While everything is relative (and I think of it as a small house) this is a 4-story, full-size New England colonial with all four floors in use. The top floor, the 4th floor, is a large open room that we use as our office. The Linksys EA3500 is mounted on the side wall in this 4th floor room. Since we have two 15Mbps fiber links coming into the house, one comes in on one wall the other on the other side.

Cisco Linksys RE1000.

Cisco Linksys RE1000.

Our ASUS and Toshiba laptops as well as the two Google Nexus 7 pads don’t have a problem picking up a decent Wi-Fi signal anywhere in the house. Even the DirecTV Wi-Fi box works fine — though it is as far from the EA3500 as you can get. Our family room, with the ‘big’ computer is on the bottom floor — three (3) flights of stairs down.

But, I decided we need a stronger Wi-Fi signal on the lower 2 floors.

So, I looked around. I kind of knew that there were range extenders.

I am savvy enough to know that it makes sense to stick with the same vendor, if possible, though, of course, Wi-Fi, based on rigorous standards, is vendor agnostics. But, given that we now have a Linksys (after a decade of swearing by D-Link) I looked at the Linksys offerings. As is my wont when looking for ‘accessories’ such as this, I started with Amazon.

I quickly spotted the Linksys RE1000 Wireless-N Range Extender. I also saw that there were Cisco-refurbished units for $39 — with a 90-day warranty (though I don’t worry about such things with Amazon since they are so good about returns).

Wi-Fi extender has no moving parts. I knew that ‘refurbished’ meant that customers had just returned it — possibly because they couldn’t get it to work.

I have had great luck with refurbished electronics and this was the simplest of these devices. So I ordered a refurbished for $39 and got the FREE shipping.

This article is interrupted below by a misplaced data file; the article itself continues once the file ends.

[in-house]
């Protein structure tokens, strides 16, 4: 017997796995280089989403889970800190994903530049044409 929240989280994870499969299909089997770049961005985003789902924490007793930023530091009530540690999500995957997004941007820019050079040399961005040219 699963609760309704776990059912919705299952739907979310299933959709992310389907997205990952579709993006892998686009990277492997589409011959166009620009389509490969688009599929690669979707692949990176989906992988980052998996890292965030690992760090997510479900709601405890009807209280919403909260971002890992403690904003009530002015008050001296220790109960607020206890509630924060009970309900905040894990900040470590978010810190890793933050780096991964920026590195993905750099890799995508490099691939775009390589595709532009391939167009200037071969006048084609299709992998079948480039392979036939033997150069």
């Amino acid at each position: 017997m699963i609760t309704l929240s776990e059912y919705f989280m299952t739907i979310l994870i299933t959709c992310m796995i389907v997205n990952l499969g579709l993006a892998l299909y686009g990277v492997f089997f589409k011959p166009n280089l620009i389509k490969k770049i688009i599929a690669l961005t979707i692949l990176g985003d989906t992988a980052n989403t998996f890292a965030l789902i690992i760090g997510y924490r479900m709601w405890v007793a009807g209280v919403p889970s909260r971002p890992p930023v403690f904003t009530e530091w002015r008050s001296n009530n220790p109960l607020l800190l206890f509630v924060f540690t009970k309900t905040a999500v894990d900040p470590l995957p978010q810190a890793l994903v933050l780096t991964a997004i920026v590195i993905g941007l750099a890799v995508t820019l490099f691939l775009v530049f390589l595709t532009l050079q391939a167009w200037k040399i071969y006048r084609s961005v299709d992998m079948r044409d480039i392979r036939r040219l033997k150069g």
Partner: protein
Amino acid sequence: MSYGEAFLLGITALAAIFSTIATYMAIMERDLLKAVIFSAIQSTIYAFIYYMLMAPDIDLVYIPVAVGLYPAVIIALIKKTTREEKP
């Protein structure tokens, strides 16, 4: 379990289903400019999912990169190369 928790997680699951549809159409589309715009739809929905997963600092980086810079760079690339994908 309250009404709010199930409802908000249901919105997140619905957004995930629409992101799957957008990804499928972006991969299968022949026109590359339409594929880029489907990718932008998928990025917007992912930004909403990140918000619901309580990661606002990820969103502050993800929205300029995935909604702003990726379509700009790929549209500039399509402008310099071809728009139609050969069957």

I placed the order last Friday night and it arrived in the mail on Thursday.

I went to install it this evening. It was a piece of cake. About 4 minutes start to finish. All I had to supply, as I expected, was the Wi-Fi password for our network. Bingo. Done. Bob, was my uncle.

That really was plug-and-play. OK, there was one hitch. You have to use a supplied CD to get it up and running. The setup application on the CD does not run on Windows 8. That was annoying. So I had to swap laptops. That was the only hitch.

It has noticeably increased Wi-Fi bandwidth in the lower flows. The laptops are getting 65Mbps — and I think that that they are gated by their chip sets.

So for $40 this was a worthwhile investment. I am particularly delighted by how easy it was to set up.

RE1000-Network_Diagram

Extend this two-fold to get a rough idea of our setup. But the same basic idea — our router right at the top and three floors below it.

Now in the interest of full disclosure I have to admit that Cisco was a long-term client of mine and that over nearly a decade I had a kind of on-again, off-again near incestous relationship with Cisco — my loyalties sometimes torn by my ‘lifelong’ association with IBM. Yes, I actually do have a Cisco employee badge — because I was theoretically employed by them for a few months. Yes, Cisco bought a token-ring startup I was involved with — after I made a phone call. Yes, I got stock options. But this was in the 90s. Yes, I used to own a fair number of Cisco shares. No longer. So in reality I don’t really have a conflict of interest — other than a chequered, and interesting, history.